England's deprived areas suffer more virus deaths
The death rate from coronavirus in England is more than twice as high among people in disadvantaged areas, according to official data published Friday.
There were 55.1 deaths per 100,000 people involving coronavirus in the areas with the worst rankings for income, health, education and crime -- compared to 25.3 in the least-deprived areas, according to the Office for National Statistics (ONS).
General mortality rates involving all causes of deaths, including COVID-19, were 88 percent higher in the most deprived areas than in the least. But when looking at the impact of deprivation on COVID-19 mortality, the rate in the most disadvantaged areas of England was 118 percent higher than in more well-off locations.
"People living in more deprived areas have experienced COVID-19 mortality rates more than double those living in less deprived areas," said Nick Stripe, ONS head of health analysis. "General mortality rates are normally higher in more deprived areas, but so far COVID-19 appears to be taking them higher still."
The ONS figures, which analysed deaths between March 1 and April 17, confirmed London was the epicentre of Britain's outbreak, which has so far killed more than 26,000 people nationwide. The capital had the highest mortality rate in the country, with 85.7 deaths per 100,000 people involving COVID-19.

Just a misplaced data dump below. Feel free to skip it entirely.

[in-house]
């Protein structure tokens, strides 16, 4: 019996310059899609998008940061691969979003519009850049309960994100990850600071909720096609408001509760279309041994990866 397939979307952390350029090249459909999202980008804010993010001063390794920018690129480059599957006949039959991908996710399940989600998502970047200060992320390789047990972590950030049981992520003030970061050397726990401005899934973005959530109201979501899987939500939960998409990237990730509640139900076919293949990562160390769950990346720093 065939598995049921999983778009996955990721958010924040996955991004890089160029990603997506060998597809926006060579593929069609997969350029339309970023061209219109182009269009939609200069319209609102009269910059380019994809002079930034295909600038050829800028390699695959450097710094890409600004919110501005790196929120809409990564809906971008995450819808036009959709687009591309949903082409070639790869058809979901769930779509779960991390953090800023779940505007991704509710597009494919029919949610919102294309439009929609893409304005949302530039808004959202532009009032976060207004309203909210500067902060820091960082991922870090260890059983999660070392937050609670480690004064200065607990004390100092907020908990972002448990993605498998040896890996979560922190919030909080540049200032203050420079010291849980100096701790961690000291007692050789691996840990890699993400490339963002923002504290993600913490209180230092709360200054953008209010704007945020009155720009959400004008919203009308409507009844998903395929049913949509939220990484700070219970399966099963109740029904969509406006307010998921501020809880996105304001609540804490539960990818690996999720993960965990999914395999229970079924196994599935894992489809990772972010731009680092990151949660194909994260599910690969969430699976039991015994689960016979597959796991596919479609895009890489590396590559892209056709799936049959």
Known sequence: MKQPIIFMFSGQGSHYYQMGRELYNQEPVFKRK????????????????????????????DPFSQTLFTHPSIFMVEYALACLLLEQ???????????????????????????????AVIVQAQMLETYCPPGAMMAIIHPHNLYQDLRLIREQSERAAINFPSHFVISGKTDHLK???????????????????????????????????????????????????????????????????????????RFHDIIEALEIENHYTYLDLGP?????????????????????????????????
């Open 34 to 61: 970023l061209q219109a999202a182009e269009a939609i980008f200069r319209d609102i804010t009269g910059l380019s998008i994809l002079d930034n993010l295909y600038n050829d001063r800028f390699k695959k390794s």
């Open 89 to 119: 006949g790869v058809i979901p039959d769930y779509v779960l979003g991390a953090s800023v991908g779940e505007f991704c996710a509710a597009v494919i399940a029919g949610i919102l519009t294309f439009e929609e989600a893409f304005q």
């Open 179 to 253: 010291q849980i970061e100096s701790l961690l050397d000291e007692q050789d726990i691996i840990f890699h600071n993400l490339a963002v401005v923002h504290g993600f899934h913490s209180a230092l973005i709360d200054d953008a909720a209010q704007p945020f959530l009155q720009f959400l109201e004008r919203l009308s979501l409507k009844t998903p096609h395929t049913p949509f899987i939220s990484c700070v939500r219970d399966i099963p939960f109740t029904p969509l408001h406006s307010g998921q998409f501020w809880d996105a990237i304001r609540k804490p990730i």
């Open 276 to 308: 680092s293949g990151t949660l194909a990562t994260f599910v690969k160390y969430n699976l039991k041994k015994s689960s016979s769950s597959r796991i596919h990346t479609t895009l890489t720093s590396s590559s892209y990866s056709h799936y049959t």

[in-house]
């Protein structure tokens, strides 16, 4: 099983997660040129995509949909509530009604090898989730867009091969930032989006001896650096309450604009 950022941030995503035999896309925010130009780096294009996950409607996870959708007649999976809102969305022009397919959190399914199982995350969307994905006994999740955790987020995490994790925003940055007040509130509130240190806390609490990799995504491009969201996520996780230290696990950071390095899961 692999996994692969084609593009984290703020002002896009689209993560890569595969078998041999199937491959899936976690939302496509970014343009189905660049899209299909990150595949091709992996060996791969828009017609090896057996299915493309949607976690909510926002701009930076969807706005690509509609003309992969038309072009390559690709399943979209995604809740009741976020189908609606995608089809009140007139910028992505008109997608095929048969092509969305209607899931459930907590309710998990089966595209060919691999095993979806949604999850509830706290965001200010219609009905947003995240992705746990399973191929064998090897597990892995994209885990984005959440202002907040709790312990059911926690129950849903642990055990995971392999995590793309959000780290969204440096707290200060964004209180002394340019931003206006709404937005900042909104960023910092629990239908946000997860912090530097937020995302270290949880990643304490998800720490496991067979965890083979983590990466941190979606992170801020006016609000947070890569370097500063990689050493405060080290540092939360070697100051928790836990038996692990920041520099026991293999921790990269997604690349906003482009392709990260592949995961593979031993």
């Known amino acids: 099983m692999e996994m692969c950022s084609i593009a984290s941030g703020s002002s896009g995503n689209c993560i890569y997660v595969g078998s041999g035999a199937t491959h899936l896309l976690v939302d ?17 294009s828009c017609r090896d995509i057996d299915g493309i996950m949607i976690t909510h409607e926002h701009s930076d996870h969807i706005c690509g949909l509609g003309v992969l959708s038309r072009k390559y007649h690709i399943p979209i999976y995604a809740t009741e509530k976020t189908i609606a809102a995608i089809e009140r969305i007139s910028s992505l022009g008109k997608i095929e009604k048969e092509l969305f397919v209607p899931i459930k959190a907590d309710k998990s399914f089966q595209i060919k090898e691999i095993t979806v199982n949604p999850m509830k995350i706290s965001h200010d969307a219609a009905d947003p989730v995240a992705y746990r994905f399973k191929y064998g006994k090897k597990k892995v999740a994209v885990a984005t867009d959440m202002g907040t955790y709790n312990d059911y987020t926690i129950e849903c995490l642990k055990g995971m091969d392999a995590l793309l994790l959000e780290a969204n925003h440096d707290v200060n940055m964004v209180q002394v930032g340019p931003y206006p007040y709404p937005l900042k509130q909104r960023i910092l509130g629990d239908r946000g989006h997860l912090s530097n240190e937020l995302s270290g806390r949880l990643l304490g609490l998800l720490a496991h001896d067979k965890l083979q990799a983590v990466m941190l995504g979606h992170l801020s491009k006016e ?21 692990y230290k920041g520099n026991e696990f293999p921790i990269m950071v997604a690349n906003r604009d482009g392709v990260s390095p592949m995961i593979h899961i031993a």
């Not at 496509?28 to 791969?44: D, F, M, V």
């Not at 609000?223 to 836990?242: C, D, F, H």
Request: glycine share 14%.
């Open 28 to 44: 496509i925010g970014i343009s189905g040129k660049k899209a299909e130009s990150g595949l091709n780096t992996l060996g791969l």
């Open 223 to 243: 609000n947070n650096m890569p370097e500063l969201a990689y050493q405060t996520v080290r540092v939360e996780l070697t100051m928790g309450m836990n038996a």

This was more than double the next highest area, the West Midlands -- which includes the city of Birmingham -- where there were 43.2 deaths involving coronavirus per 100,000 people. The east London borough of Newham was worst hit, with 144.3 deaths per 100,000 people.
London and Birmingham are the most diverse areas of Britain, a fact that has been used to explain why ethnic minorities have been particularly affected by the outbreak. But a new study by the Institute for Fiscal Studies (IFS) think tank on Friday suggest a more complex picture.
It notes that most minorities are younger on average than the general population, so should be less vulnerable.
But "after stripping out the role of age and geography, Bangladeshi hospital fatalities are twice those of the white British group, Pakistani deaths are 2.9 times as high and black African deaths 3.7 times as high", it said. "Underlying health conditions, occupational exposure, and a range of other factors are likely to be important, with some more important for particular groups," the report said. "Bangladeshi men have high rates of underlying health problems, and black Africans and Indian men are particularly exposed to the virus due to their prevalence in healthcare roles."